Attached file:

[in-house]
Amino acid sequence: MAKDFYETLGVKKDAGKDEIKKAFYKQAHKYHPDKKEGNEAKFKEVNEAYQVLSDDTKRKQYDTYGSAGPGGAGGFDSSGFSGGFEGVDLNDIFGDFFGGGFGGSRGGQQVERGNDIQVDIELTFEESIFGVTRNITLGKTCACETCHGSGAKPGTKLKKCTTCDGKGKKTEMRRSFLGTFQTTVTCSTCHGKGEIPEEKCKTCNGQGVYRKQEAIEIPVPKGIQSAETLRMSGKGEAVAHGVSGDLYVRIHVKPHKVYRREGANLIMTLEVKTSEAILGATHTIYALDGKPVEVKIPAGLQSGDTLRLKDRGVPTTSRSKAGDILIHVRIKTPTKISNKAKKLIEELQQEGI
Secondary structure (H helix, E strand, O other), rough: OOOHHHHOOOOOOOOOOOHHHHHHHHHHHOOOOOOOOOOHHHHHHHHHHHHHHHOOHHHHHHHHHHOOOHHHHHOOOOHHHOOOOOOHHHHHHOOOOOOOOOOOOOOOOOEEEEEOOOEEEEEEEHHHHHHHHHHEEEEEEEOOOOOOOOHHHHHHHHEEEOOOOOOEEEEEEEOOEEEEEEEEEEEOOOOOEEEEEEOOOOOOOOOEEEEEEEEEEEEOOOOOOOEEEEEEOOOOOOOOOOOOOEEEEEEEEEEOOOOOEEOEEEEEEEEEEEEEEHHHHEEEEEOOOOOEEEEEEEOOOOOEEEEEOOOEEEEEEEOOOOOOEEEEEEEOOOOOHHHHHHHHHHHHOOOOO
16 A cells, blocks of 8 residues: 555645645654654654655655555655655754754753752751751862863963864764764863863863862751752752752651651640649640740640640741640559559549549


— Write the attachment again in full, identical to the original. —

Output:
[in-house]
Amino acid sequence: MAKDFYETLGVKKDAGKDEIKKAFYKQAHKYHPDKKEGNEAKFKEVNEAYQVLSDDTKRKQYDTYGSAGPGGAGGFDSSGFSGGFEGVDLNDIFGDFFGGGFGGSRGGQQVERGNDIQVDIELTFEESIFGVTRNITLGKTCACETCHGSGAKPGTKLKKCTTCDGKGKKTEMRRSFLGTFQTTVTCSTCHGKGEIPEEKCKTCNGQGVYRKQEAIEIPVPKGIQSAETLRMSGKGEAVAHGVSGDLYVRIHVKPHKVYRREGANLIMTLEVKTSEAILGATHTIYALDGKPVEVKIPAGLQSGDTLRLKDRGVPTTSRSKAGDILIHVRIKTPTKISNKAKKLIEELQQEGI
Secondary structure (H helix, E strand, O other), rough: OOOHHHHOOOOOOOOOOOHHHHHHHHHHHOOOOOOOOOOHHHHHHHHHHHHHHHOOHHHHHHHHHHOOOHHHHHOOOOHHHOOOOOOHHHHHHOOOOOOOOOOOOOOOOOEEEEEOOOEEEEEEEHHHHHHHHHHEEEEEEEOOOOOOOOHHHHHHHHEEEOOOOOOEEEEEEEOOEEEEEEEEEEEOOOOOEEEEEEOOOOOOOOOEEEEEEEEEEEEOOOOOOOEEEEEEOOOOOOOOOOOOOEEEEEEEEEEOOOOOEEOEEEEEEEEEEEEEEHHHHEEEEEOOOOOEEEEEEEOOOOOEEEEEOOOEEEEEEEOOOOOOEEEEEEEOOOOOHHHHHHHHHHHHOOOOO
16 A cells, blocks of 8 residues: 555645645654654654655655555655655754754753752751751862863963864764764863863863862751752752752651651640649640740640640741640559559549549